After tonight’s debate, in which Ron Paul and Mitt Romney repeatedly attacked Rick Santorum over his 16-year record in Congress, the former US Senator for Pennsylvania hinted that something nefarious was going on.
“You have to ask Congressman Paul and Governor Romney what they’ve got going together,” Santorum told reporters in the spin room in Mesa, Arizona. “Their commercials look a lot alike and so do their attacks.”
Santorum’s top strategist John Brabender went even further, charging that the two men had “joined forces” and were coordinating attacks against his man
“Clearly there’s a tag team strategy between Ron Paul and Mitt Romney. For all I know, Mitt Romney might be considering Ron Paul as his running mate. Clearly there is now an alliance between those two and you saw that certainly in the debate.”
2012 Republican ticket? Ron Paul and Mitt Romney?
The was also coordination in their attack ads, he charged. “Ron Paul for all practical purposes has pulled out of Michigan. Correct? Where’s he running negative ads against Rick Santorum? Michigan.
“It was interesting to me that if you watch Ron Paul when he came into the debate, he wrote negative things about Rick Santorum down because when he started to get questions he would immediately pick up his paper and start mentioning Santorum stuff.”
He added: “What is amazing to me this shows a remarkable ability by Romney, who has already proven to be the most negative man in history on TV, now he’s even training his opponents to be negative for his benefit and actually I think that takes remarkable skill.”
The Romney campaign ridiculed the notion there was any coordination. “If ever there was an iconoclast who got up there and said what he believed, it’s Ron Paul,” said Stuart Stevens, Romney’s chief strategist.
“The President of the United States’s political action committee is now running ads that are just like Rick Santorum’s. Is Rick Santorum coordinating with the President of the United States? I don’t think so.
“So I think that’s a sort of whiney silliness. It would not even be a question if he [Santorum] felt that he’d answered these questions better.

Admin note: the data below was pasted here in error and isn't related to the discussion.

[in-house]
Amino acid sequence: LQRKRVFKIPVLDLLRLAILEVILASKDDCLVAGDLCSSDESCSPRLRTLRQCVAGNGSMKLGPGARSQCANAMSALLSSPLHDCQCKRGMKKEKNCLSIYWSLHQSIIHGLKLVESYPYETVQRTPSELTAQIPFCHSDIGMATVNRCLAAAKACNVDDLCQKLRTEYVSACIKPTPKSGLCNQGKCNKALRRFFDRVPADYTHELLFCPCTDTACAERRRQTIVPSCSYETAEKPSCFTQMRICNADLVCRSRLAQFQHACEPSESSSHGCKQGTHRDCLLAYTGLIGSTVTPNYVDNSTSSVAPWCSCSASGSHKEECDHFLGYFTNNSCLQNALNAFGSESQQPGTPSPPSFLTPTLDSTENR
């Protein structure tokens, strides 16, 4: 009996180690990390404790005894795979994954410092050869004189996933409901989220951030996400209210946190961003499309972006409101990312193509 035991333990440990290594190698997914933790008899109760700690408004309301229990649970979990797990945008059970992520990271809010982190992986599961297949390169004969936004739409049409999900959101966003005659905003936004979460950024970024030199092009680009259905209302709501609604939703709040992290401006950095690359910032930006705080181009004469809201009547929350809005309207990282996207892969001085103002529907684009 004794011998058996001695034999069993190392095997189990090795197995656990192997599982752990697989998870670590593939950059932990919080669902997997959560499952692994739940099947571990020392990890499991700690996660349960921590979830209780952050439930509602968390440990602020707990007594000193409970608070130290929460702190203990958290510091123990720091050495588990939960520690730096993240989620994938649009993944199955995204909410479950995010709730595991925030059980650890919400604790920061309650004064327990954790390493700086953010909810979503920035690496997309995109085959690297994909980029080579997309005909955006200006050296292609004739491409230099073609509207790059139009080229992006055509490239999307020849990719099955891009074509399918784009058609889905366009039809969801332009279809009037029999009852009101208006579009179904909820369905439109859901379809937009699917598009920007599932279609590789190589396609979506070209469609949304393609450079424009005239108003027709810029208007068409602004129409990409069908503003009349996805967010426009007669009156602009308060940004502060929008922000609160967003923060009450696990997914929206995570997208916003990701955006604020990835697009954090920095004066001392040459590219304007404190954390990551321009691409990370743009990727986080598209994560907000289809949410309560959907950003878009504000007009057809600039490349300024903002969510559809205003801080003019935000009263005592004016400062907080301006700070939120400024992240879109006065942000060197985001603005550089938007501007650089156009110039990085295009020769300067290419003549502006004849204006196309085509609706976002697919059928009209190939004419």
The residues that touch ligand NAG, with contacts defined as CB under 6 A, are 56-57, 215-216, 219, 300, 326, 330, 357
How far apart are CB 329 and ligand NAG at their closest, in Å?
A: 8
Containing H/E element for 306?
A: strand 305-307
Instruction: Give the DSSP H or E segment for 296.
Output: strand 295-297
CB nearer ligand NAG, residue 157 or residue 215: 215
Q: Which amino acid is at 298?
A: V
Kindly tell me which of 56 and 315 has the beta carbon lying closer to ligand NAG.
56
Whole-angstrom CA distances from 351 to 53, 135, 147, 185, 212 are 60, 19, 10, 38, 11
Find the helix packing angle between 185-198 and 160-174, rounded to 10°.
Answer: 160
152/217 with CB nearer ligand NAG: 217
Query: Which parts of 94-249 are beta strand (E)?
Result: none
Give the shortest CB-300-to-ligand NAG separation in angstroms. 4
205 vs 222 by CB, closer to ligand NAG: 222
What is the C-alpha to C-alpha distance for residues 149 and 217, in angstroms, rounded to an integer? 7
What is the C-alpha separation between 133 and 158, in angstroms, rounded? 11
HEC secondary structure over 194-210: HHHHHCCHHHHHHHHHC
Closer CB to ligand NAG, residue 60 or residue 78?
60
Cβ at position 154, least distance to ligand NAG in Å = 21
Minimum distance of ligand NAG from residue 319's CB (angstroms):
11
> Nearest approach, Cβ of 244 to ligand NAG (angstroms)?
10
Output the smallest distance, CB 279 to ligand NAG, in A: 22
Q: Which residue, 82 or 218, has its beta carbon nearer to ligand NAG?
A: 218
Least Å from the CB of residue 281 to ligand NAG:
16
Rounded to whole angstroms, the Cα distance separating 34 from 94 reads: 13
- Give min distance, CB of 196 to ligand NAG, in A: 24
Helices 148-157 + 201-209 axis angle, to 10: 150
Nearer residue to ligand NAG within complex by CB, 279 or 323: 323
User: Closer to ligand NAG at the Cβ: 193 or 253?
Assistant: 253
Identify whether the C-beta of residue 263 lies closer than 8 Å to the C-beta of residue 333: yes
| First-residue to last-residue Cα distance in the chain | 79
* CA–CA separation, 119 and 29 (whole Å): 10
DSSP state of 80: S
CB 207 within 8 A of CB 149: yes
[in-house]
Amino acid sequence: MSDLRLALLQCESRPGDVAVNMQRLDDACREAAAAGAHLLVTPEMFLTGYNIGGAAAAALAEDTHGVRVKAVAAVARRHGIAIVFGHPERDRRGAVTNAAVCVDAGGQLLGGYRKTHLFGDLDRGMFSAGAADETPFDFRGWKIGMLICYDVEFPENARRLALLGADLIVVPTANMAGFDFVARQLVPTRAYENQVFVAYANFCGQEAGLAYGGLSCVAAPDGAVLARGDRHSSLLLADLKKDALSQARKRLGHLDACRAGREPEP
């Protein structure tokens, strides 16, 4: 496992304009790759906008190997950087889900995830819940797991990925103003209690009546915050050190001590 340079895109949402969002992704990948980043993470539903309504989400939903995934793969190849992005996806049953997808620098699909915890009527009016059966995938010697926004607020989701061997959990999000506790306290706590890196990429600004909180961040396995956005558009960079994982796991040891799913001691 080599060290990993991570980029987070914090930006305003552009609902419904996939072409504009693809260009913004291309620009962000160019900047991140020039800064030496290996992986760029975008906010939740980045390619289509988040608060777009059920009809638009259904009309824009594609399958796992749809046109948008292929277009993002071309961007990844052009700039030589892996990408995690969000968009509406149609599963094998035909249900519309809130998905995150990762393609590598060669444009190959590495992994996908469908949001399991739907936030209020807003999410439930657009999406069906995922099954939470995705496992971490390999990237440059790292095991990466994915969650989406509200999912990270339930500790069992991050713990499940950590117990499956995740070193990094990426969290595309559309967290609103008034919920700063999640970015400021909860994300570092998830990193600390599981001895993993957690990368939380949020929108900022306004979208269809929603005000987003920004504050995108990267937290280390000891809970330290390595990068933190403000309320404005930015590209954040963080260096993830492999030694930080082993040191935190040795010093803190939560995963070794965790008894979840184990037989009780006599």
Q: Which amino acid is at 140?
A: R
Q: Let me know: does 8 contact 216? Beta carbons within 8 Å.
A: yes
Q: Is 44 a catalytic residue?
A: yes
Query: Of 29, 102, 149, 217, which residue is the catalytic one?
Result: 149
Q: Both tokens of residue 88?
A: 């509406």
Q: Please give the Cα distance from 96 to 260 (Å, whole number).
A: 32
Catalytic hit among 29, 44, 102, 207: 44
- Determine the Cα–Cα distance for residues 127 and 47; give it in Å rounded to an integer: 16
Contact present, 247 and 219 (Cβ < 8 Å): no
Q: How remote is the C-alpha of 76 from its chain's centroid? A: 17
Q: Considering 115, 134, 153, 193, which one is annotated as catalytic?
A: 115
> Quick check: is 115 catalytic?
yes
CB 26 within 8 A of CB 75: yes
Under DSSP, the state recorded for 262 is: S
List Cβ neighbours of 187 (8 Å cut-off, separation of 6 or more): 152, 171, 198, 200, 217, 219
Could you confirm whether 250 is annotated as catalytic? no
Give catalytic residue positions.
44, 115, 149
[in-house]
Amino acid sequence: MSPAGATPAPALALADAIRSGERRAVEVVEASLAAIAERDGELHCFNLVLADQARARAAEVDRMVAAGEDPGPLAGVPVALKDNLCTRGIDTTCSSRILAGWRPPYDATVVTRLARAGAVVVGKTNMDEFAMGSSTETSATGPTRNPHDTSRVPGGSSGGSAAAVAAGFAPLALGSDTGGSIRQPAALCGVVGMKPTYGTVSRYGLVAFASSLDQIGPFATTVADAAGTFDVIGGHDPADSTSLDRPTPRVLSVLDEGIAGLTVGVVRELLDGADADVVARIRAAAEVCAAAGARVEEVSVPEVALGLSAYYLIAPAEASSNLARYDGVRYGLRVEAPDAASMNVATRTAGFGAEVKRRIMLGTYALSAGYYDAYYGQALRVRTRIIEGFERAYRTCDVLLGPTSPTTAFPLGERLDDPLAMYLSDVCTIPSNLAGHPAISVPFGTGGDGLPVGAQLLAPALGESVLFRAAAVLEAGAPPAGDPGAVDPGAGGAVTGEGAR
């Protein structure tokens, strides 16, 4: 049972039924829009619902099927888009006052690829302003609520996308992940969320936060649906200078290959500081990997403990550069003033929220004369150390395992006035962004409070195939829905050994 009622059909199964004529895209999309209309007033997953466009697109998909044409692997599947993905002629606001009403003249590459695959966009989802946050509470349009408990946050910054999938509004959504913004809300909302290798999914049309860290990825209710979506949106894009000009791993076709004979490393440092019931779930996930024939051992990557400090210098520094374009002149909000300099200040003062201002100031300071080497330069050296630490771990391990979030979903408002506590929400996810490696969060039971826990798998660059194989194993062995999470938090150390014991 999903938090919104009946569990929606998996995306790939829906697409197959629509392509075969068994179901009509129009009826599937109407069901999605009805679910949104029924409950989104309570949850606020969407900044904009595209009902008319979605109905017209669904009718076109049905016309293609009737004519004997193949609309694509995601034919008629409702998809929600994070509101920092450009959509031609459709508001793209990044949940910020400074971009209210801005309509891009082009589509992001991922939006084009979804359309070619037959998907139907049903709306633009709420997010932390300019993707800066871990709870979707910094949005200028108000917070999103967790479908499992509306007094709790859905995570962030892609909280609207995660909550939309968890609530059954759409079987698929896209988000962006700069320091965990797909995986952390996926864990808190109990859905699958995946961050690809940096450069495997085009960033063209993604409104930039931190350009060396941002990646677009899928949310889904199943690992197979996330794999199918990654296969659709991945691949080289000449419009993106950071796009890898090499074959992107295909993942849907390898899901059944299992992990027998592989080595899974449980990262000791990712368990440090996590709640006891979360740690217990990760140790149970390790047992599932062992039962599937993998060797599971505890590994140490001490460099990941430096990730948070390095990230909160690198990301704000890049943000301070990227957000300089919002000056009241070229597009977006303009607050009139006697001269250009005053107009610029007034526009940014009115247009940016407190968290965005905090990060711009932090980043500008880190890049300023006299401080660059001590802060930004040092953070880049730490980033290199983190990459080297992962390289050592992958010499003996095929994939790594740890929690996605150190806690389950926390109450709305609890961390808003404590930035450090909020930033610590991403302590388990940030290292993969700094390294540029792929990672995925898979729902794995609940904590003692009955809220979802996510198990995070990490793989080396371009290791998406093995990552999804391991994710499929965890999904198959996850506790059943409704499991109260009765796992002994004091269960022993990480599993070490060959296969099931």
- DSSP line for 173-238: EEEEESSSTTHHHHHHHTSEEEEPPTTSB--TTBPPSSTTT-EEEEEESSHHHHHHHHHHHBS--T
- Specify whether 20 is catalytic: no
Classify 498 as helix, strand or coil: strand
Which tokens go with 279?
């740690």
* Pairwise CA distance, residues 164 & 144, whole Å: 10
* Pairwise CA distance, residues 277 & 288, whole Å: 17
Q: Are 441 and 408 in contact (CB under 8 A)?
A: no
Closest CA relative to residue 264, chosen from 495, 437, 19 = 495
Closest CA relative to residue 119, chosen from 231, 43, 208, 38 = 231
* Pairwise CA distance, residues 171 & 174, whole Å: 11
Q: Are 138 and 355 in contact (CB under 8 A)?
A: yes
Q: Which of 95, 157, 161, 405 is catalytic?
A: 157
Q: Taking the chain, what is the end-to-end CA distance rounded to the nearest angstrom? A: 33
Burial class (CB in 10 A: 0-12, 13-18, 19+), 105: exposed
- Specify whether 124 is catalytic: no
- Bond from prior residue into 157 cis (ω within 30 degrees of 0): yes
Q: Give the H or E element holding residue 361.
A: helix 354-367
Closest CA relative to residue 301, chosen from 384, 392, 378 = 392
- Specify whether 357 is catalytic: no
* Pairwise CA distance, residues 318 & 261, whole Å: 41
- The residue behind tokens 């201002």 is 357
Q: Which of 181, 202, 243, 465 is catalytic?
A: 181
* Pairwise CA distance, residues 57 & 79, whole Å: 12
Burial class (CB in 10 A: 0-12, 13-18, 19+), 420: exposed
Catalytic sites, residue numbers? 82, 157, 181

“To say, ‘People are ganging up on me’ in a debate where there’s only four people in the debate and they’re raising questions kind of speaks for itself.”
As many commenters point out, a much more plausible scenario than a Romney-Paul ticket would be some kind of future role for Senator Rand Paul. Or it could simply be that Ron Paul, knowing he cannot win the nomination, is positioning himself for maximum influence at the Tampa convention – he’s all about furthering the cause of his movement rather than personal advancement.
I was on the Scott Hennen Show this morning talking about this and Scott drew my attention to Ron Paul’s apearance on the show on February 7th in which he addressed this issue on the back of a Washington Post story about a “strategic alliance” between the two candidates.
Paul’s denial was not exactly definitive. “Not exactly, I mean I never sat down with Mitt and said ‘Well let’s do this or that’,” he said. “There’s no doubt that he’s been more of a gentleman when I talk to him. It’s never been in my interest to go after him. Everyone else was doing that.
“Matter of fact, I don’t even like that part of politics. But then on the other side of this, we did some ads where we called him a flip flopper, and things like that. There’s nothing strategic. There’s been no decision. The staffs have talked to each other on some of the things like debates – and which debates we should go to – I don’t know how many things we have a strong agreement on.
“Our foreign policies are different – he certainly is not attacking the Federal Reserve – and his record up in Massachusetts wasn’t anything I could get too enthusiastic about, but I would say that the most important thing is that he’s someone I could talk to. I sort of like that approach in everything I do.”
Here’s the audio: